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|The hope of influencing his felicity
Written by Elbč
(4/17/2010 12:24 p.m.)
It seems to me that Darcy lives under the delusion that every woman must be despirate to gain his admiration. I say this because of his train of thoughts in chapter 12: He wisely resolved to be particularly careful that no sign of admiration should now escape him, nothing that could elevate her with the hope of influencing his felicity;
The word 'elevate' - if I understand it correctly as to mean 'to increase her feeling of consequence', lead me to make such a statement. He immediately assumes that the knowledge of his admiration would definately 'elevate' her. Why should she be so easily gratified?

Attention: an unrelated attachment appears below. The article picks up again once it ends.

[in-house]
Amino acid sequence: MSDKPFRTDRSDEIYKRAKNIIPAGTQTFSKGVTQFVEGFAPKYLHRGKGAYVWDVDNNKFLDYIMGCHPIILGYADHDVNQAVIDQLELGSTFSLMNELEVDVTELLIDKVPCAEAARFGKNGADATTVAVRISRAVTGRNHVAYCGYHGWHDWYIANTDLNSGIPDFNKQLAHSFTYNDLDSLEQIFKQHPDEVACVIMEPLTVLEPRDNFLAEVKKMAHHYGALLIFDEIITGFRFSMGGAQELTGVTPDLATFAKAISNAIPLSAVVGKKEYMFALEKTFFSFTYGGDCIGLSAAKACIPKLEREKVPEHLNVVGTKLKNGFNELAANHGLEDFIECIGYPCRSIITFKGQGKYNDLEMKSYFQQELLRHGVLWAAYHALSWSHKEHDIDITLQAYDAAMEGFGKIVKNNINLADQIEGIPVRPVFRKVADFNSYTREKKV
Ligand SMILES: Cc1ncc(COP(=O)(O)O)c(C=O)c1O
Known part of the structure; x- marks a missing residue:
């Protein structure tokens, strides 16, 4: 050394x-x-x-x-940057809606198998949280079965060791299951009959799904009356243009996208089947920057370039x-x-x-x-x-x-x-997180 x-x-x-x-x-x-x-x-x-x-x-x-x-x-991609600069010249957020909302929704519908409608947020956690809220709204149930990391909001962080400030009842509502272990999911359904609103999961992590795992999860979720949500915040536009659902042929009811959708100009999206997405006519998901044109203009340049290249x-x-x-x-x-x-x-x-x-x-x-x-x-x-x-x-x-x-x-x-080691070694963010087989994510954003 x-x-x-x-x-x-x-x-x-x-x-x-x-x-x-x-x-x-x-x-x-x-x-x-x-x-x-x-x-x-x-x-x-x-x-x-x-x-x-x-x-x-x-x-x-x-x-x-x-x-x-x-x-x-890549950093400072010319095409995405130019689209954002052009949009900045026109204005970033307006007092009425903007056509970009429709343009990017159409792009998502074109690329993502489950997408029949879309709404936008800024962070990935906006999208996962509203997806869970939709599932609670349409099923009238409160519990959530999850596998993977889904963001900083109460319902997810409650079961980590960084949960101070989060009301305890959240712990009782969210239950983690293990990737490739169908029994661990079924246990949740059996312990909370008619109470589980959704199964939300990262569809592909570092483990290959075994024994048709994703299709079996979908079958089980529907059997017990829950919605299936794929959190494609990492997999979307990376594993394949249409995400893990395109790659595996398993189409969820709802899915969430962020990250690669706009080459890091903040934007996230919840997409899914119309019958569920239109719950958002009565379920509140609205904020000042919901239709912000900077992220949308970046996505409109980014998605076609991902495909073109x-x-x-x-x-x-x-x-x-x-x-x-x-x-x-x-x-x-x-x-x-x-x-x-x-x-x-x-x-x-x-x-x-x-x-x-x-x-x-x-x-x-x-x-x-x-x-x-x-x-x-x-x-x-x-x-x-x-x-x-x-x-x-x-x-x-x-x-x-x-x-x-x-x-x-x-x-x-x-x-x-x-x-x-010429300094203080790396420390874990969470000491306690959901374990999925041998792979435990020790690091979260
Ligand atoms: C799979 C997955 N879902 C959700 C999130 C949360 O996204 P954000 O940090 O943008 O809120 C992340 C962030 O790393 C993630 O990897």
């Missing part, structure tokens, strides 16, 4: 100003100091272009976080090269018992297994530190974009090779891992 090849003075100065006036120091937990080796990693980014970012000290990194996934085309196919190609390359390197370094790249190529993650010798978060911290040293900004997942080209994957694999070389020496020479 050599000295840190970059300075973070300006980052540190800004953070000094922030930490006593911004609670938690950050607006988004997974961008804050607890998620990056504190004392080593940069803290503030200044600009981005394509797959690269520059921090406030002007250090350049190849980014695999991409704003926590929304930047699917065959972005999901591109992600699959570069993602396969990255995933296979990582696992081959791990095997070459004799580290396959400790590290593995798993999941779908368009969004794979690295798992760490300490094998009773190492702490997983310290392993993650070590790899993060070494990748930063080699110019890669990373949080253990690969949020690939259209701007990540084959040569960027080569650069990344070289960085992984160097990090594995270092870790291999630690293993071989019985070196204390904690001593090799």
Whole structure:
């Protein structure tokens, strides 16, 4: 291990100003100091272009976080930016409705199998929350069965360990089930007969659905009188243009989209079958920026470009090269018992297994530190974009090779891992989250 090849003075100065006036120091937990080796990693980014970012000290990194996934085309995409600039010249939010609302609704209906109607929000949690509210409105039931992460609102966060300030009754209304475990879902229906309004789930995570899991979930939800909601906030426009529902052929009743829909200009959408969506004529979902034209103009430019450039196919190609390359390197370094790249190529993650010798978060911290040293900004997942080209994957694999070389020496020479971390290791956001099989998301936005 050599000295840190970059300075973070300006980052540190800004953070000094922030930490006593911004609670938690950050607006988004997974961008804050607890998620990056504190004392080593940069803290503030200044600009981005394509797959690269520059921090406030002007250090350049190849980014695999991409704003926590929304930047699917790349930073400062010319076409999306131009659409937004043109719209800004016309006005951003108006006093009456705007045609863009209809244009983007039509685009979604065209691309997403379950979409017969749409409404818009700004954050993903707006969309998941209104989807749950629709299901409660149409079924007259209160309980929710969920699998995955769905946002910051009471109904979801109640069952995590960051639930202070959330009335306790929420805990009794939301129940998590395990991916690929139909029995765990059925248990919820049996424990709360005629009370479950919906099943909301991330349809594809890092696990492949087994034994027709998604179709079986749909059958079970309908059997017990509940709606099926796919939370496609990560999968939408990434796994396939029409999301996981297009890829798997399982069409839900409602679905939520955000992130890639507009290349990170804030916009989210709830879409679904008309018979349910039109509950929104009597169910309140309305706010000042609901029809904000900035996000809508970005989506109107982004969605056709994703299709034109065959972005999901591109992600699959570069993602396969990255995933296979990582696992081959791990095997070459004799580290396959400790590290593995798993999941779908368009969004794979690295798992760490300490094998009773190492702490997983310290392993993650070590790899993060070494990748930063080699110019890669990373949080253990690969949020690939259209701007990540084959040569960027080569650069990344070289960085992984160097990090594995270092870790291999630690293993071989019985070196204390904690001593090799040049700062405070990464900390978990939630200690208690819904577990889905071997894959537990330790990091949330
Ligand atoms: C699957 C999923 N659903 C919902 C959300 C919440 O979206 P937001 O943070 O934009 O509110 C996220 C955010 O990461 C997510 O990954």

He must not be aware that Elizabeth overheard him at the first ball - or he must have such a high opinion of himself to think that it would be forgotten and forgiven if only she has the honour of 'influencing his felicity'
Despite my criticism he Darcy does improve slightly - especially as we learn what a kind and concerned brother he is - writing such long letters to his sister (unlike Henry Crawford). He also attempts to be more civil - even though he is now motivated by impressing Lizzy and he should have been civil as a matter of principle...
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